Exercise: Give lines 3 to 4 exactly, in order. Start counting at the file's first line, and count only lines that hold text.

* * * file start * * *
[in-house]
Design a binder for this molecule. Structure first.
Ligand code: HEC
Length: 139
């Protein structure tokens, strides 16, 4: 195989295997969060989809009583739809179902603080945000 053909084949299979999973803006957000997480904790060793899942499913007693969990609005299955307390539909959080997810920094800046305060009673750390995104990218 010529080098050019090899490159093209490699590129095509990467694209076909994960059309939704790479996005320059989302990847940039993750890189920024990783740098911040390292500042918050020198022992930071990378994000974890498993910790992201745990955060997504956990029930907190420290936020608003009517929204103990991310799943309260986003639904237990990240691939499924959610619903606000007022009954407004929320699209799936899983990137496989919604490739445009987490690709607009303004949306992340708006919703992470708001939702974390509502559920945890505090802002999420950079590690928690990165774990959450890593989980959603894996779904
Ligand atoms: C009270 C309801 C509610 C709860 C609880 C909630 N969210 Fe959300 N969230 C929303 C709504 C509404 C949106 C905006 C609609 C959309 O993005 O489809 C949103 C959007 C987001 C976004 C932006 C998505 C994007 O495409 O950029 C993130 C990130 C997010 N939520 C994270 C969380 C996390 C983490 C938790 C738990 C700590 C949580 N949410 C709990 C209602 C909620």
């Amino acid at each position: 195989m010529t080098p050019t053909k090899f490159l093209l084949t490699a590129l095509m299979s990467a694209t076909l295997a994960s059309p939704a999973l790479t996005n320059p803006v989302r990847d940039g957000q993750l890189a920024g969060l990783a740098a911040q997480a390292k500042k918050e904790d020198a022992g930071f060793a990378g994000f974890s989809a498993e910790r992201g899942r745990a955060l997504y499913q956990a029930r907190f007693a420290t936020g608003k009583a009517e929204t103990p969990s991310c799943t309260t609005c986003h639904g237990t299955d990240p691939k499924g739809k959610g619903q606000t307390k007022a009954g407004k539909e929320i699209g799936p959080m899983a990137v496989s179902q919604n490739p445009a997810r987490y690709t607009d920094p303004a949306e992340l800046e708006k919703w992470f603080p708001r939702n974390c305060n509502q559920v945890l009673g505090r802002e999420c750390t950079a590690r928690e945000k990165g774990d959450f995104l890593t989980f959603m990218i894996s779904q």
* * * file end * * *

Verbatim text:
Ligand code: HEC
Length: 139